Get Ready For GPU Virtualization

CPU virtualization

"We'll see this technology really start to appear on systems shipping maybe six months from now," said James Huang, product marketing manager for Amax Information Technologies of Fremont, Calif., discussing demos being shown at this week's VMworld event in San Francisco.

"My understanding is that Nvidia is in the process of qualifying more software for virtualizing GPUs," Huang said. "I think it would be a great thing. The GPU workstations we build would be able to virtually talk to existing infrastructure, meaning there would be a lot of opportunities for us to sell this technology into the HPC clusters."

In fact, Nvidia tipped its virtualization hand back in March of this year, when the Santa Clara, Calif.-based company released Nvidia SLI Multi-OS in concert with Parallels, a Swiss virtualization software developer. Nvidia SLI Multi-OS technology is baked into the graphics chip maker's Quadro FX 3800, Quadro FX 4800 and Quadro FX 5800 GPUs to allow multiple users to take advantage of the graphics processing power of a single Quadro-based graphics workstation in a virtualized environment. That technology already is included in certain configurations of Hewlett-Packard's Z800 workstation.

Nvidia rival Advanced Micro Devices also is developing virtualization technology for its high-end ATI graphics processors, and the Sunnyvale, Calif.-based company showcased its own GPU virtualization demo at VMworld this week.

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"Virtualization does not and should not stop at the CPU," said Margaret Lewis, an AMD product marketing director, at a joint press briefing with VMware at VMworld. "Virtualization is not a workload, it's a methodology."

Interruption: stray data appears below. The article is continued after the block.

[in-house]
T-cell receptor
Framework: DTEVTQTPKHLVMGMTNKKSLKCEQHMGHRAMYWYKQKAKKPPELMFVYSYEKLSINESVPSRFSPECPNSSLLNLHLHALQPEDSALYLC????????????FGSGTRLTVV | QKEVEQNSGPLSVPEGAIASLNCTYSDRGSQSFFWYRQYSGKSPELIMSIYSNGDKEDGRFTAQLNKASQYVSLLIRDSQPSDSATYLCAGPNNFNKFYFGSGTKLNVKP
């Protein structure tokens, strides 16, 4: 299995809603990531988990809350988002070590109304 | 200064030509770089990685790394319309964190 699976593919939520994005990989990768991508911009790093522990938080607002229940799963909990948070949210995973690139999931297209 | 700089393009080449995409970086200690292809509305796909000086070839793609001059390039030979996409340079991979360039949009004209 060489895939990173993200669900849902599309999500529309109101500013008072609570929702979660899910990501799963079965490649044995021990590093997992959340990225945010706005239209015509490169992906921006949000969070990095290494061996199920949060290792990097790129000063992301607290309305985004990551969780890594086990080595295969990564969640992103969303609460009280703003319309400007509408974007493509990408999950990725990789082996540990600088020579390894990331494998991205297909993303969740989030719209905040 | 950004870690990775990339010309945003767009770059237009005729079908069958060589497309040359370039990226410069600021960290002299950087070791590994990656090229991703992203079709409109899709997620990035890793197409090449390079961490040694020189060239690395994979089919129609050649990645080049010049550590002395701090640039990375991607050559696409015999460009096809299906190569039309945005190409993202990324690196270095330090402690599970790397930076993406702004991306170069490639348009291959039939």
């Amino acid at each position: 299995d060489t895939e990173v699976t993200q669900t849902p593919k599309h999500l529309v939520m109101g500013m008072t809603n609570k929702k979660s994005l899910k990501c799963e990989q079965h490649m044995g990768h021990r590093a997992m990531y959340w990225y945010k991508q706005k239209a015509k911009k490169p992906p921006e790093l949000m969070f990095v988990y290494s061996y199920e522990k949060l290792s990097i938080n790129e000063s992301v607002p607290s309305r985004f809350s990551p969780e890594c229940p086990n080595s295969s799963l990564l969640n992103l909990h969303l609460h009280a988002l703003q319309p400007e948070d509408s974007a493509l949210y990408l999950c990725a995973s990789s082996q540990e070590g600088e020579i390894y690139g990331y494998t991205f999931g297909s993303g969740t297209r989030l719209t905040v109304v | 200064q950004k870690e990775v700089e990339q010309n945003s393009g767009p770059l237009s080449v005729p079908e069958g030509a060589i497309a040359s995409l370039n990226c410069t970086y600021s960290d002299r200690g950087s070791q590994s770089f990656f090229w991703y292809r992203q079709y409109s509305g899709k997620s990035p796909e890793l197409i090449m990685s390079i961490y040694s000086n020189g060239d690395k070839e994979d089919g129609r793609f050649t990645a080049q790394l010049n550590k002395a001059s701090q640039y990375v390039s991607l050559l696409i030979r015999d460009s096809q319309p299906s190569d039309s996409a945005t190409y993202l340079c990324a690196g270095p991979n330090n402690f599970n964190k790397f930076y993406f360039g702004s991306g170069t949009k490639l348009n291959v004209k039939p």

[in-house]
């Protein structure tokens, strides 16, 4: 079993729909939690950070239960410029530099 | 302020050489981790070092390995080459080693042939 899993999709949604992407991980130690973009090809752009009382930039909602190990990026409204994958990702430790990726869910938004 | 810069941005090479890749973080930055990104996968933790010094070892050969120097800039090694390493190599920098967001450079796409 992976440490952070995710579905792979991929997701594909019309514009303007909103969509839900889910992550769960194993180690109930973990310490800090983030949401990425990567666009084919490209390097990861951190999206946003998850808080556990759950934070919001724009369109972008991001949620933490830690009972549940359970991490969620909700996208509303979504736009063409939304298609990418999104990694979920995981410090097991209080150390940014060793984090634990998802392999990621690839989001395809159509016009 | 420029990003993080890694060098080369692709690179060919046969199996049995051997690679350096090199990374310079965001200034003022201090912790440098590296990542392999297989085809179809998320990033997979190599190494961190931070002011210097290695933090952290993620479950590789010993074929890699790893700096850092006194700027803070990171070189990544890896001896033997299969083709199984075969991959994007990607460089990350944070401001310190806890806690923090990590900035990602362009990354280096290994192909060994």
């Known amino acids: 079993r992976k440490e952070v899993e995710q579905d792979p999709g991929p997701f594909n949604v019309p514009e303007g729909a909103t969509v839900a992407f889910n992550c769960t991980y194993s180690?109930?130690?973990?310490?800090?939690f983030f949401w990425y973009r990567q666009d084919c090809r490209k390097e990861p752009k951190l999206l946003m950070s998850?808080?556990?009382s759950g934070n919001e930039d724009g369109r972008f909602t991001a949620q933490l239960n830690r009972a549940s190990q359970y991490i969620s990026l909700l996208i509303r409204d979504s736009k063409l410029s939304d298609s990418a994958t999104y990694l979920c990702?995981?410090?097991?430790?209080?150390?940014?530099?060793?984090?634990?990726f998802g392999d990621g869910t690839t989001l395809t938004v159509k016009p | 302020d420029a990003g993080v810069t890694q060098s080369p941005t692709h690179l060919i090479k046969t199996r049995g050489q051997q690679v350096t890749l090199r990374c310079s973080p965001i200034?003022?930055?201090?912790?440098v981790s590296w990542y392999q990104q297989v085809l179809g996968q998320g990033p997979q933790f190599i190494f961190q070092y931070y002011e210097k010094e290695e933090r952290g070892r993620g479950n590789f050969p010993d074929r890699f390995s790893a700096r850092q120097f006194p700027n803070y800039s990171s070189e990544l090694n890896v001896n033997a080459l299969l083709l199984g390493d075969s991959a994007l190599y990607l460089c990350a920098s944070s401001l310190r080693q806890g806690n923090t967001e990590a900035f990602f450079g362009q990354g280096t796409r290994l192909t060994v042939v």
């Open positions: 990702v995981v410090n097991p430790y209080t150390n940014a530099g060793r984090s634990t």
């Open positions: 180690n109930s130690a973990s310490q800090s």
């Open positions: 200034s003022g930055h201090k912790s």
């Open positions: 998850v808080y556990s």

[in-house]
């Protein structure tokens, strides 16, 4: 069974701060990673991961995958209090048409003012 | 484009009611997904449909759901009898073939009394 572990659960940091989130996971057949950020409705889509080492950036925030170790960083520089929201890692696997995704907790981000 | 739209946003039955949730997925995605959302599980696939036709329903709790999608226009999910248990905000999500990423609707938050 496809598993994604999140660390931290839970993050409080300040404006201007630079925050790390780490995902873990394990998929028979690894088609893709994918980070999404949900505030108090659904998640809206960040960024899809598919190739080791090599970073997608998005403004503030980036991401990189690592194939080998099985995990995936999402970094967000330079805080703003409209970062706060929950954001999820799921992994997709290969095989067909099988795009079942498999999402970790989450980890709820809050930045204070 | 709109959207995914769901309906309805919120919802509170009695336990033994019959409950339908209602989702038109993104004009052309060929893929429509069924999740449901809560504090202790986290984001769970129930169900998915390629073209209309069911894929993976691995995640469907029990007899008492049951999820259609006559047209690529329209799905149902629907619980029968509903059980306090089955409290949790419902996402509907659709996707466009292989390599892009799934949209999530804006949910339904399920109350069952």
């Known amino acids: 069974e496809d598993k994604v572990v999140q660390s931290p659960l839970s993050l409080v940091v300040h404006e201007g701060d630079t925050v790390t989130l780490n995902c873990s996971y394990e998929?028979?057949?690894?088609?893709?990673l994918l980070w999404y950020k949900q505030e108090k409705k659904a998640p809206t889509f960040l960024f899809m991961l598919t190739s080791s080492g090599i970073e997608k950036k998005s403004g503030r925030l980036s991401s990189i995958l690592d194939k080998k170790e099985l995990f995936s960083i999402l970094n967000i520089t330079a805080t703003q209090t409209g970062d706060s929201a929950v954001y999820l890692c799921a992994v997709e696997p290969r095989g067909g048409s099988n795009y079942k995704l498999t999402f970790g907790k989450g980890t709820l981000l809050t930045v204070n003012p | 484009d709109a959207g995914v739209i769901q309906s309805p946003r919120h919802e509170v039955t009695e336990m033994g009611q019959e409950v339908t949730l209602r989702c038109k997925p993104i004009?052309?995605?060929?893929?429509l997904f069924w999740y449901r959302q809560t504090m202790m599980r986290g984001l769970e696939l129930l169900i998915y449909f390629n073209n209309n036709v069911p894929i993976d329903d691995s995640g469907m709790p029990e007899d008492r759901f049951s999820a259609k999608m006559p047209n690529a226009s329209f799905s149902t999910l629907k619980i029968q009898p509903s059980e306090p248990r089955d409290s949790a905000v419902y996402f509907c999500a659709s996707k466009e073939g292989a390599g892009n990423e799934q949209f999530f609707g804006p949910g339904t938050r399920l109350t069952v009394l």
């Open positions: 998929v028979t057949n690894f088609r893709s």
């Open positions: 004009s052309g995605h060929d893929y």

For VMworld, AMD built a next-generation system around two 12-core AMD Opteron 6100 series central processors -- code-named Magny-Cours, those chips are scheduled for release in early 2010 -- and its own SR5690 chipset and FirePro graphics cards. The company demonstrated execution of the 3DMark benchmark from within a virtual machine running on VMware ESX 4.0, with AMD's experimental I/0 virtualization technology guiding the graphics pass-through.

It all adds up to a lot of excitement on the part of midsize systems integrators such as Amax and Colfax International of Sunnyvale, Calif. In a challenging economic climate and facing stiff competition from larger OEMs on commodity hardware, these companies have found a good deal of purchase in pushing out highly customized products that leverage cutting-edge technologies such as general-purpose GPU computing, said Colfax CEO Shah Guatam.

"Looking at absolute commodity plays, economies of scale come into play. Under those conditions, it's very difficult to compete," Guatam said, adding that in addition to its traditional strength in HPC and the public sector, Colfax has built up a thriving GPU workstation business in just a few years.

Regionally, Huang said that North America and China have so far been the strongest markets for Amax's GPU computing products and would likely lead the way in embracing GPU virtualization as well.